This week’s choice of Featured Poem comes from one of the great Romantic poets, and comes as an insight into his ordinary life – which is nonetheless incredibly evocative.
Keats is a favourite here on The Reader Online, and with all the words we’ve read of his over the years we often feel like giving thanks for his poetry, his verses weaving as they do from the melancholy to the reflective. So it’s a treat to be able to read one of Keats’ own thank-you notes – in the form of a poem, no less – to one of his friends for sending some flowers. The title alone is intriguing – did the gift come from one of his fellow Romantic poets, or someone else entirely? The ‘O Wells!’ does indeed refer to another poet, but one perhaps less well known: Charles Jeremiah Wells, who attended the same school as Keats’ younger brother Tom. It would appear that the friendship between the elder Keats and Wells took a sour turn after the roses were given and the poem written, when Wells played a practical joke on the younger Keats. It seems understandable – as Keats’ brother was ailing fast at the time – and yet unfortunate that their connection broke down, given the reaction the flowers inspired, providing not only ‘friendliness’ but ‘peace’ and ‘truth’ – elements which can certainly come from a highly-valued friendship, but arguably run far deeper.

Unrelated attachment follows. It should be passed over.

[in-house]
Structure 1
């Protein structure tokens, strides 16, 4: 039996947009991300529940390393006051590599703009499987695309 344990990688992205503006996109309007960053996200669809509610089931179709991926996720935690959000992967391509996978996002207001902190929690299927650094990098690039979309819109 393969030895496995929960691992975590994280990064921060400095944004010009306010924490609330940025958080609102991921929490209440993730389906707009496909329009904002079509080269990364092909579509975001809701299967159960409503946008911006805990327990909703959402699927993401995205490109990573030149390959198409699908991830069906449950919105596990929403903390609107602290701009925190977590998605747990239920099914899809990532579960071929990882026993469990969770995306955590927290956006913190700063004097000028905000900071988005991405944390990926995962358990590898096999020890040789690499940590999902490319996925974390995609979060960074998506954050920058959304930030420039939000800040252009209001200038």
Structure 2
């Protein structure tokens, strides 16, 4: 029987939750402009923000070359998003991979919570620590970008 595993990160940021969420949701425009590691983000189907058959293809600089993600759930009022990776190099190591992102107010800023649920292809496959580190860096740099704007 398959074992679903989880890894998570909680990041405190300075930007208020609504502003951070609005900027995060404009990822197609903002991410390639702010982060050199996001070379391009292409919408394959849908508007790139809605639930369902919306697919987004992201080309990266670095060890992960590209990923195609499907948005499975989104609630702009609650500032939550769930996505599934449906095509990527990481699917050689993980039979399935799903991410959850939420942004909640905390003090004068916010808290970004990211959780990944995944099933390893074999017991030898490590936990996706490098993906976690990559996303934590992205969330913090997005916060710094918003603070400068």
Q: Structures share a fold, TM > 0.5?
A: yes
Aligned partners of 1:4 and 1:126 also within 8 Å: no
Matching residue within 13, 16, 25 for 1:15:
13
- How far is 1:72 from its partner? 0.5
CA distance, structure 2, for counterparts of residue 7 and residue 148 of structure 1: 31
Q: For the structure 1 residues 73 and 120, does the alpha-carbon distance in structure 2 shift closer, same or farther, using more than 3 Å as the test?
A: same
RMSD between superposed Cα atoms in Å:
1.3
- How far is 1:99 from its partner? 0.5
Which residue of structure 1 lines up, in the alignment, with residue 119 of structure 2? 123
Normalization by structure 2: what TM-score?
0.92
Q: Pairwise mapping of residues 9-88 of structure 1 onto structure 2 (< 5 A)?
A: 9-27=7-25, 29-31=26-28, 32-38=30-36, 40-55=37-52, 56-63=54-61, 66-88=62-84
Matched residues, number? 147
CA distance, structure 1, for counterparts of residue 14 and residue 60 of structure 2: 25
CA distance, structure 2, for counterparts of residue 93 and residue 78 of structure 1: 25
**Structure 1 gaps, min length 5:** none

Not only is it wonderful to see how Keats is inspired by such a seemingly simple gift – although placed alongside ‘adventurous knights’ taking ‘up their dinted shields’, and with reference to Shakespeare’s Queen of the Fairies the roses take on a far more dynamic life – but it’s a heartening ode to friendship and how it can serve to be as renewing to our souls as nature itself. Just recently, many of our Shared Reading groups have delved into A Little, Aloud with Love – with love in all its many forms, from romance to friendship to family relationships, and as one of the members pointed out “you want them all to work”. In Keats’ case, and no doubt many others, they don’t always go to plan or last like we expect they might – but they can give us beautiful moments which we can cherish for long afterwards.
To a Friend Who Sent Me Some Roses
As late I rambled in the happy fields,
What time the skylark shakes the tremulous dew
From his lush clover covert;—when anew
Adventurous knights take up their dinted shields;
I saw the sweetest flower wild nature yields,
A fresh-blown musk-rose; ’twas the first that threw
Its sweets upon the summer: graceful it grew
As is the wand that Queen Titania wields.
And, as I feasted on its fragrancy,
I thought the garden-rose it far excelled;
But when, O Wells! thy roses came to me,
My sense with their deliciousness was spelled:
Soft voices had they, that with tender plea
Whispered of peace, and truth, and friendliness unquelled.
Head over to our A Little, Aloud blog to read more about the things we’ve learnt so far from reading A Little, Aloud with Love.